Ma Bell Is Back!
AT&T Inc. (NYSE: T) and BellSouth Corp. (NYSE: BLS) have agreed to merge in a blockbuster $67 billion deal, the two companies said in a statement on Sunday.
As part of the deal, shareholders of BellSouth will get 1.325 shares of AT&T stock for each share of their BellSouth stock. Based on AT&T's closing stock price on March 3, this exchange ratio equals $37.09 a share -- a premium of nearly 18 percent over BellSouth's closing price on March 3.
And, though the merger would represent a further undoing of the monopoly breakup of the old AT&T, the two companies, in a statement Sunday, said that the combination would promote competition.
"Since AT&T and BellSouth are not actual competitors in the local, long distance and video markets, and because BellSouth is not a significant competitor with AT&T in the enterprise market, the merger will not reduce competition in any of those markets," the statement said.
And, the post-merger company will be under one name and one brand -- AT&T, the statement says. Former SBC CEO Ed Whitacre will serve as chairman and CEO of the newly formed company. BellSouth CEO Duane Ackerman will serve as chairman and CEO of BellSouth operations for a transition period following the merger, the statement says.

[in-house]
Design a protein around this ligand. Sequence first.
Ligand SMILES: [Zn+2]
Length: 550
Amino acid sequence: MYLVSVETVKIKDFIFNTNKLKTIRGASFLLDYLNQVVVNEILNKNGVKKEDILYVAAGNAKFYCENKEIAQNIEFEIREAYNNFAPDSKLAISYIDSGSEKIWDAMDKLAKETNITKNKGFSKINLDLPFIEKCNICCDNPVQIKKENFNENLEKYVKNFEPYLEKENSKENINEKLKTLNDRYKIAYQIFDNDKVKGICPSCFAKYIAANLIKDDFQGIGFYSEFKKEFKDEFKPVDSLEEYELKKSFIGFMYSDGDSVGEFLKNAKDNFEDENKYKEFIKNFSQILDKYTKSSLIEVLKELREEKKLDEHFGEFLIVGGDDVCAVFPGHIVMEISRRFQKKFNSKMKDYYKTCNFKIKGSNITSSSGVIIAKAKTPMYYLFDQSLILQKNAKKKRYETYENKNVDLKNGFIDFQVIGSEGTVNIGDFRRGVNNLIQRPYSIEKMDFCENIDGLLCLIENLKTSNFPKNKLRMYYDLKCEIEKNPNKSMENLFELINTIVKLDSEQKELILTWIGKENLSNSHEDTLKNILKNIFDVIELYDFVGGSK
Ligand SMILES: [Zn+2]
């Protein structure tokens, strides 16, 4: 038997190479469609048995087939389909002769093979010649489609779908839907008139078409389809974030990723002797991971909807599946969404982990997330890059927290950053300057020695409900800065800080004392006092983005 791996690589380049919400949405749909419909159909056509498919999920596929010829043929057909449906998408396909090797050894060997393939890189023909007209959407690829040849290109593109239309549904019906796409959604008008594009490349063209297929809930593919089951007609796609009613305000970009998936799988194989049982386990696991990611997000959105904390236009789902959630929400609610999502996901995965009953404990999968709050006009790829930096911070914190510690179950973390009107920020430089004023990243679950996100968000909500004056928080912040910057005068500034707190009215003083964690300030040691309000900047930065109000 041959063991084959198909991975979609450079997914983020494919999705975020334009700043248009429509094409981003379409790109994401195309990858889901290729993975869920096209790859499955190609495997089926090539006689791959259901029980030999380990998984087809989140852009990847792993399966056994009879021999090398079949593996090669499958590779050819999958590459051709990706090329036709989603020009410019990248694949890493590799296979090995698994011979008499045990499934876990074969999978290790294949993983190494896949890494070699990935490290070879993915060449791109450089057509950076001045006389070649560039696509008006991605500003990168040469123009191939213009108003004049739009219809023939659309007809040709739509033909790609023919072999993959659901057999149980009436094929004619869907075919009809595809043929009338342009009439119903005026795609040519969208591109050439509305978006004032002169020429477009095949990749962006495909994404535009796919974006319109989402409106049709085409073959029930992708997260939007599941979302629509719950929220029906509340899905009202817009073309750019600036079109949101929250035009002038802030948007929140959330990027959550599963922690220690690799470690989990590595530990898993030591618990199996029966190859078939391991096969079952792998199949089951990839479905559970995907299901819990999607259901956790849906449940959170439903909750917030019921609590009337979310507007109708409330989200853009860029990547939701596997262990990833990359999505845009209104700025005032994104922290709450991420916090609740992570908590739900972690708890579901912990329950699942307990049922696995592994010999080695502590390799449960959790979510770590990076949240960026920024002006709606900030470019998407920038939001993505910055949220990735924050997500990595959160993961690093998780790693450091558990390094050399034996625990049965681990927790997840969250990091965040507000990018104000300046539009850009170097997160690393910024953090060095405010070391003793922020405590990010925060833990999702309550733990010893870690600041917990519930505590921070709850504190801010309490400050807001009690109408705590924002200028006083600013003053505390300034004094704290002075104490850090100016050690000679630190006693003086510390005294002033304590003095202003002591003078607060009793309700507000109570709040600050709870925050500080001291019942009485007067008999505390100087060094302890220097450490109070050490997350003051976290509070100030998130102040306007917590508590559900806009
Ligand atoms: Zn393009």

The merger will have a simplifiying effect on the wireless landscape. Both companies now jointly own Cingular, and, under an AT&T/BellSouth combination, Cingular would be under one company and one brand.
AT&T and BellSouth say they'll mutually realize some $18 billion in cost savings from combining the two telecom empires. Much of that savings will come from reduced costs in the operations of unregulated and interstate services, shedding loads of corporate staff, and some "productivity improvements," which weren't specified in the company press release.
AT&T says its financial outlook for 2006 hasn't changed. (See AT&T Updates 2006 Plans and AT&T Shines a Light on Lightspeed.) It continues to expect double-digit adjusted EPS growth in each of the next three years with significant growth in free cashflow after dividends. The carrier's free cashflow after dividends is expected to exceed $4 billion in 2007 and $6 billion in 2008.
The deal is expected to close within 12 months.
— Phil Harvey, News Editor, Light Reading